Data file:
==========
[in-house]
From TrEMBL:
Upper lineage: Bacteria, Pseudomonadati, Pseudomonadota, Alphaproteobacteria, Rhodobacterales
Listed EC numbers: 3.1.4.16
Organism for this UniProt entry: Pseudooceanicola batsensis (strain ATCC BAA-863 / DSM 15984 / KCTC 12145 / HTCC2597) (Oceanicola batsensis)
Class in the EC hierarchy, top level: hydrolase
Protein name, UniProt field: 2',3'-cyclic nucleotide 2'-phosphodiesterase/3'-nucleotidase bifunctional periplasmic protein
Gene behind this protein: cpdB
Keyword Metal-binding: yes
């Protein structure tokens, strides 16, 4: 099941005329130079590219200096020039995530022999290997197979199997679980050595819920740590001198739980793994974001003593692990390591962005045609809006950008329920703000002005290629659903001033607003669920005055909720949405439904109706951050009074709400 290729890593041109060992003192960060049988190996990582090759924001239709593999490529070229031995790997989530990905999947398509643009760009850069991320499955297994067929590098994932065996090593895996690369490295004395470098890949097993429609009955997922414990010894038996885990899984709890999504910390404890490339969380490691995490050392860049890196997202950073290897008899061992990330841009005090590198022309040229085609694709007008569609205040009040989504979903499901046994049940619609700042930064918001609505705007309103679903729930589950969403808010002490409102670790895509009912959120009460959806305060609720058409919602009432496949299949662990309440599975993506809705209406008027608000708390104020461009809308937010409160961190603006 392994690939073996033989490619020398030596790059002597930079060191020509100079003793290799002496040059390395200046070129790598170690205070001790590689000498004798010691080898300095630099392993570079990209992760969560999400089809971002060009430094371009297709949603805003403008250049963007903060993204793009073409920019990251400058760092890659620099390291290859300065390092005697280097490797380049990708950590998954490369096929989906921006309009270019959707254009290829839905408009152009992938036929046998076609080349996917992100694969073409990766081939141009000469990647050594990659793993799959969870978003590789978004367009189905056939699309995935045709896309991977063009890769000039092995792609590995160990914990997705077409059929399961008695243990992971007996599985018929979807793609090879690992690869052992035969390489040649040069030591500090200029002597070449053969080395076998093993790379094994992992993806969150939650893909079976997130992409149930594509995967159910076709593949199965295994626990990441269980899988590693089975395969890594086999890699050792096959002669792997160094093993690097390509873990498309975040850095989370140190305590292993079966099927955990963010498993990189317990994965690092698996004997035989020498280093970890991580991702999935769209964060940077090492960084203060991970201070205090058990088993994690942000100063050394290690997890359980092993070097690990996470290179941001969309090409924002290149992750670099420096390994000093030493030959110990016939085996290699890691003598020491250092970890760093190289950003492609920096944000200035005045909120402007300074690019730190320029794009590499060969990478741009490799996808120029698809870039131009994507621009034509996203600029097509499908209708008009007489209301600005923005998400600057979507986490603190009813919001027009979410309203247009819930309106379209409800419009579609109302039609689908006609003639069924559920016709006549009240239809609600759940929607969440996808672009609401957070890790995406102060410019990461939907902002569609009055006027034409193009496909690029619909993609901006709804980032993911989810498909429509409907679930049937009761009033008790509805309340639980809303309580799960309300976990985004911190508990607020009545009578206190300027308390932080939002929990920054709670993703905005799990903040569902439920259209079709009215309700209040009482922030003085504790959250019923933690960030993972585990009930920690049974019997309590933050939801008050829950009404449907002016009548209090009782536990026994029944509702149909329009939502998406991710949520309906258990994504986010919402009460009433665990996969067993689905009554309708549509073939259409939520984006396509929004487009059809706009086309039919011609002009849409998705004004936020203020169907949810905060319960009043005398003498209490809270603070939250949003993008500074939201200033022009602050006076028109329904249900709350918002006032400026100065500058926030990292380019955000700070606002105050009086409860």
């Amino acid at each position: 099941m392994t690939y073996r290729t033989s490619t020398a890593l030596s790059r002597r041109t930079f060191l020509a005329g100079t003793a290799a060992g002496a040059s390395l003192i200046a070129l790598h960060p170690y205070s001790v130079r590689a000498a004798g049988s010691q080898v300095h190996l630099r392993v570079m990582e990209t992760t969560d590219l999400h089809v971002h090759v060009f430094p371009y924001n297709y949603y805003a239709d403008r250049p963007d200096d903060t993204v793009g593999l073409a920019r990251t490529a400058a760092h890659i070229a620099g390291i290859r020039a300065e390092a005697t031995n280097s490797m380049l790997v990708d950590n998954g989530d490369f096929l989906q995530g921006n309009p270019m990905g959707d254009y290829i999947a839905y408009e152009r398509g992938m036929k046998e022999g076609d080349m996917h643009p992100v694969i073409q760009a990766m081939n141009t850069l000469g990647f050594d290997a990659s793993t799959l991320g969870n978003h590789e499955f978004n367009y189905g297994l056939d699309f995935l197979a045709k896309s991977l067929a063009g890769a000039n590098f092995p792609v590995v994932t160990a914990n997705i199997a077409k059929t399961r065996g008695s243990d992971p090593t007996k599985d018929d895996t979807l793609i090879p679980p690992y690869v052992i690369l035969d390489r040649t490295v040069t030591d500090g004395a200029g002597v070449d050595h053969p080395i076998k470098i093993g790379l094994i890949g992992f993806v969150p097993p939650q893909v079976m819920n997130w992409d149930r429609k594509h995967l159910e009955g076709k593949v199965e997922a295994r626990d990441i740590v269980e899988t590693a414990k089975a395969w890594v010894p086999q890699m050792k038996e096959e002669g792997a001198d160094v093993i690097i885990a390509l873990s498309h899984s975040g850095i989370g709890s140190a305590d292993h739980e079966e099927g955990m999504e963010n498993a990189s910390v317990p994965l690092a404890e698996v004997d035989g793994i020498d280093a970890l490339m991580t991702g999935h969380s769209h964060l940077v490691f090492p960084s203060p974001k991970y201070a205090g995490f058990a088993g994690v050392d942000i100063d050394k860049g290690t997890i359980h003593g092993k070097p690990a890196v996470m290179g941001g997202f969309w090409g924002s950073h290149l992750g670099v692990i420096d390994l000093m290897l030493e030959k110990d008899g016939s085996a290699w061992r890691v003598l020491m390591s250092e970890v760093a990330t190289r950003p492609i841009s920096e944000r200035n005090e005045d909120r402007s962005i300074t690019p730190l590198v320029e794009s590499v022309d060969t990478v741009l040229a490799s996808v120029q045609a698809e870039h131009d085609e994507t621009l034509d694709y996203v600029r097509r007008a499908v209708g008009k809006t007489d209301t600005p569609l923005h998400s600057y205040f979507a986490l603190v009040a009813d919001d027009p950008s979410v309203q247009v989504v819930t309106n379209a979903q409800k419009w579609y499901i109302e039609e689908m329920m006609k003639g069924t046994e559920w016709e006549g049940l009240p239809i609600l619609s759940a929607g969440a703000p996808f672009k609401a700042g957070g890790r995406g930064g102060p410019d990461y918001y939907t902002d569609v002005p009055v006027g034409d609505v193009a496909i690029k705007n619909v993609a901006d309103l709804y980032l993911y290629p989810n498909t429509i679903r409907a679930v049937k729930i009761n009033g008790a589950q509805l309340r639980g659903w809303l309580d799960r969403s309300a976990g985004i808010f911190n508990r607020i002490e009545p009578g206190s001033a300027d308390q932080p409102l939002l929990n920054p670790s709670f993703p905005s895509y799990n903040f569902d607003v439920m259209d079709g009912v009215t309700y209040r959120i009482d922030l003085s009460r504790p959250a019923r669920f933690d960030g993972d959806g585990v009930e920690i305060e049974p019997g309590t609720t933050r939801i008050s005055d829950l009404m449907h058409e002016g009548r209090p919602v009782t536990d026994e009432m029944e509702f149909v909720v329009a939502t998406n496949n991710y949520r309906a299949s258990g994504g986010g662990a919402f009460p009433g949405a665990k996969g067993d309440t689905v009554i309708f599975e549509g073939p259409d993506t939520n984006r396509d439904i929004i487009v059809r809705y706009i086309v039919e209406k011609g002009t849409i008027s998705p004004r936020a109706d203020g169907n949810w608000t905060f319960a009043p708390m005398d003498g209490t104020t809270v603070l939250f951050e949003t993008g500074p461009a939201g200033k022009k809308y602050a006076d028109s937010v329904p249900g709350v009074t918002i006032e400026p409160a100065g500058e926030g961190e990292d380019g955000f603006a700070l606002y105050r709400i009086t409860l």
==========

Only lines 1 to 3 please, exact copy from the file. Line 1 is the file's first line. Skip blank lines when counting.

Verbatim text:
[in-house]
From TrEMBL:
Upper lineage: Bacteria, Pseudomonadati, Pseudomonadota, Alphaproteobacteria, Rhodobacterales